This basis must allow competition, but is one in which evil is overcome by good, not by the sword of men, or "walking in craftiness, nor handling the word of God deceitfully; but by manifestation of the truth commending ourselves to every man's conscience in the sight of God. " (2 Corinthians 4:2)

Thus the church began in dissent from those who could lay claim to historical decent, (Mt. 23:2) and as being the instruments and stewards of Holy Writ, (Rm. 9:3:2; 9:4) and recipient of promises of Divine presence and guidance, (Lv. 10:11; Dt. 4:31; 17:8-13; Num. 23:19,23; Is. 41:10, Ps. 89:33,34; Mal. 3:6, etc.) but who presumed an assured veracity which required obedience as unto Biblical law. But who an itinerant Preacher and His followers — whose authority they rejected (Mk. 11:28-33) — reproved by Scripture, (Mk. 7:2-16; Acts 4:9-12) and which writings were established as Divine without an assuredly infallible magisterium of men.

Things Scripture Protestants can disagree on:

1. Once Saved Always Saved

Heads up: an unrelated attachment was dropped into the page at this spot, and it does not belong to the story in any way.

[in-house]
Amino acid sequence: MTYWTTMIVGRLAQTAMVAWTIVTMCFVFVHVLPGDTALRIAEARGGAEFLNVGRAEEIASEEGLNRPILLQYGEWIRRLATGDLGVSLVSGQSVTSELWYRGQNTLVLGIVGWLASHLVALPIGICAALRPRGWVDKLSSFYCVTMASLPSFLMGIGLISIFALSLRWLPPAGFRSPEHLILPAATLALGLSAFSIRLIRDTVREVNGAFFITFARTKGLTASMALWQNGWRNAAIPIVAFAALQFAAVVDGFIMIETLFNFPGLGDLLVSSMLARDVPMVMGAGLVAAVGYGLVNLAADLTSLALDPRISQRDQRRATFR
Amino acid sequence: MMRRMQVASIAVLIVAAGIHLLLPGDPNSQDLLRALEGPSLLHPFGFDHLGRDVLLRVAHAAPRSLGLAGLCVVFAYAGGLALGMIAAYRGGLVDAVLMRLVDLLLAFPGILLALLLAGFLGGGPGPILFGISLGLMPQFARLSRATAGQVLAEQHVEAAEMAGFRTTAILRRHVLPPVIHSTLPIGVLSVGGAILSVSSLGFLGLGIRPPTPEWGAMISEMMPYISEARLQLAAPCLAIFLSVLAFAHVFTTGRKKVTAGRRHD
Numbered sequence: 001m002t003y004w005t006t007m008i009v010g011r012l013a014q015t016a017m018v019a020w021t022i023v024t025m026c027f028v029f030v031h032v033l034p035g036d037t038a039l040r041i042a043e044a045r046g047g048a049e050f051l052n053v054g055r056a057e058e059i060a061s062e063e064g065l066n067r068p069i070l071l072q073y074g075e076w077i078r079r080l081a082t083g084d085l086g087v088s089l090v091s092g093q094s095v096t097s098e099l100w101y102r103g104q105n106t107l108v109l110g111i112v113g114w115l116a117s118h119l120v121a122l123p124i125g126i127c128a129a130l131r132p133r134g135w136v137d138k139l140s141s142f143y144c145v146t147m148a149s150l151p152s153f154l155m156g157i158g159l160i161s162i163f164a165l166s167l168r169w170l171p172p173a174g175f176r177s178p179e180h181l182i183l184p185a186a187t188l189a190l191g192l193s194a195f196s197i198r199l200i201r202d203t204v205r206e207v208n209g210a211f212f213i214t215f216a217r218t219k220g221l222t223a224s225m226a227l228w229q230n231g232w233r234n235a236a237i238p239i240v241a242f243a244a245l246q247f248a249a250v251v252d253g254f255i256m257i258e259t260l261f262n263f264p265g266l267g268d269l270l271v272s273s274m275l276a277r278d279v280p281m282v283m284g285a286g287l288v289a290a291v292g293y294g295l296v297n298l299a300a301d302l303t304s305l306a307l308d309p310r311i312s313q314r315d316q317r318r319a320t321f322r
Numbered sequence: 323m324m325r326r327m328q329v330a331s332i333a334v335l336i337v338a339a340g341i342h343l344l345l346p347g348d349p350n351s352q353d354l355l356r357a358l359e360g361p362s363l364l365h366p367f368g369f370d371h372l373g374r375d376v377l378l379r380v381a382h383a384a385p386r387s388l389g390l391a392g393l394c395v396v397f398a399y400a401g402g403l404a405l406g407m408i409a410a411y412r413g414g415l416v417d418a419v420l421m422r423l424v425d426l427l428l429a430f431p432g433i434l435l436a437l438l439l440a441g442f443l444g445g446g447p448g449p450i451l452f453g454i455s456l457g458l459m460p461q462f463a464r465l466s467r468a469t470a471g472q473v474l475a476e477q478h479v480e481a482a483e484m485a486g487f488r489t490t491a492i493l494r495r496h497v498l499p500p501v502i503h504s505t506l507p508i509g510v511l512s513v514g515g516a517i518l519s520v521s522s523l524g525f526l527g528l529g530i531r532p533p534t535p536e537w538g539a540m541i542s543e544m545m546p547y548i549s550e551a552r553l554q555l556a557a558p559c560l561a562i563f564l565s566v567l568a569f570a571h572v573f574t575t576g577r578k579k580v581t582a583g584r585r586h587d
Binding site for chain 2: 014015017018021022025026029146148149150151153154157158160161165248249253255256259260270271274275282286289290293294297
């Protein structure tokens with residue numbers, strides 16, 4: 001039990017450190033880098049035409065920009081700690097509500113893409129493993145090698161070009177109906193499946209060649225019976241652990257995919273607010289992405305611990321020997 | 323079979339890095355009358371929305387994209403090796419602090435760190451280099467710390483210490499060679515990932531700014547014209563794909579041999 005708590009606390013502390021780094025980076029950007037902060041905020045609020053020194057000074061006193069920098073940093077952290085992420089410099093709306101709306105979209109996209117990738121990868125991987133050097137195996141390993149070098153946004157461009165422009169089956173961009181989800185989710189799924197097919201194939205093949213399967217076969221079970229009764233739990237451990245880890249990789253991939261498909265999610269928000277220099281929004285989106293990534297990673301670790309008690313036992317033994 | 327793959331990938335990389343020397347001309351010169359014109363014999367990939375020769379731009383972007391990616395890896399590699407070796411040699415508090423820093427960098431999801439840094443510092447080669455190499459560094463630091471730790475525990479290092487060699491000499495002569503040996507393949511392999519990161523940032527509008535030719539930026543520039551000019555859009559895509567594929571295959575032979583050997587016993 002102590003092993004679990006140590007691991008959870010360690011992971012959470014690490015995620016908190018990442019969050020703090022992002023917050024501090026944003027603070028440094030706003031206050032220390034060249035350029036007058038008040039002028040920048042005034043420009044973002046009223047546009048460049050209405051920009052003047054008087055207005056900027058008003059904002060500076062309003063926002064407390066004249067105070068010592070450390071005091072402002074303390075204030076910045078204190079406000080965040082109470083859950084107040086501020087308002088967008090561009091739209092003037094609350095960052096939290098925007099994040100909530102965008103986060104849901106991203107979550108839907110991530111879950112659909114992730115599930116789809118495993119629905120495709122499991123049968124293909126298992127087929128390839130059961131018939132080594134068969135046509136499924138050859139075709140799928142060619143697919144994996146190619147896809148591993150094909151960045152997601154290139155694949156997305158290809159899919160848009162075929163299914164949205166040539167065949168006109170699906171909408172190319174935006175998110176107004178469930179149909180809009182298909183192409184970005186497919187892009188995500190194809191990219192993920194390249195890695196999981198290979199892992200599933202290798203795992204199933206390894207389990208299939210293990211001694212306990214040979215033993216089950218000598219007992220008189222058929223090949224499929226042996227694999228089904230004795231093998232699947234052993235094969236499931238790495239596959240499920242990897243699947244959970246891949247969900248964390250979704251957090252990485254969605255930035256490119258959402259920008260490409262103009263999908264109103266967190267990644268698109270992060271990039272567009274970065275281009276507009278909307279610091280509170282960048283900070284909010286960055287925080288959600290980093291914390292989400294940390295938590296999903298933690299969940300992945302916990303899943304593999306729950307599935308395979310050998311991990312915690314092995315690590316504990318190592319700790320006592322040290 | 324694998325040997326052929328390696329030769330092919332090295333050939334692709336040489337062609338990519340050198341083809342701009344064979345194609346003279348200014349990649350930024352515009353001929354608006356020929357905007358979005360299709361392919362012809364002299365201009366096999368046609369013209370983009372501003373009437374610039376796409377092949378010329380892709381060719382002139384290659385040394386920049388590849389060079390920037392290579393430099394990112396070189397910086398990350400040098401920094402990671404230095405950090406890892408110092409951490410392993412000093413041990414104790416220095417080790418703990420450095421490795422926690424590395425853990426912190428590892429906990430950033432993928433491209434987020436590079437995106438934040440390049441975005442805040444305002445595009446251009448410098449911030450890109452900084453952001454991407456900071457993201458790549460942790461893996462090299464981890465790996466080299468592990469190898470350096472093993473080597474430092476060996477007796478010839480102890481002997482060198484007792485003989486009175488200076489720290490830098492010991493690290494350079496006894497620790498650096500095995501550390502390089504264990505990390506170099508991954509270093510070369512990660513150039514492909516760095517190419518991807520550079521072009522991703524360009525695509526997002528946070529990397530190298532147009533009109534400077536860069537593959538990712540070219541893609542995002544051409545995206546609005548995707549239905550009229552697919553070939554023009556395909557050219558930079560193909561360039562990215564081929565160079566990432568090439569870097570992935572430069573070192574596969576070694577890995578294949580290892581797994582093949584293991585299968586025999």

2. Universal versus Limited Atonement

3. Infant Baptism

4. Form of Baptism (e.g. full immersion vs pouring)

5. Whether Baptism is necessary in ordinary circumstances

6. Whether the Lord's Supper is purely symbolic or some sort of 'real' presence

7. Divorce and Remarriage

8. Whether icons/pictures of Christ are allowed

9. Which doctrines are perspicuous/essential

10. Whether Charismatic Gifts of the Spirit have ceased

11. Whether instruments are allowed in church

12. Female ordination

13. The "biblical" form of church government

14. Sunday versus any day worship / Whether the Sabbath is still in force in some sense.

15. House churches versus dedicated congregational churches

16. Dispensationalism

17. Rapture/Tribulation

18. Imputed Active Obedience

19. Whether traditional categories like Person/Nature are true/valid

20. Mary being "Mother of God"

21. Mary's Perpetual Virginity

22. Whether Inspiration of Scripture is plenary or limited to faith and morals

23. Whether one can/should pray to the Holy Spirit

24. Whether Sola Scriptura applied during the time of Christ and the Apostles

25. How to define/understand Sola Scriptura, especially as it relates to Creeds and Councils

26. Should Christians engage in politics, civil service, etc.

27. Whether Christians should pray the Our Father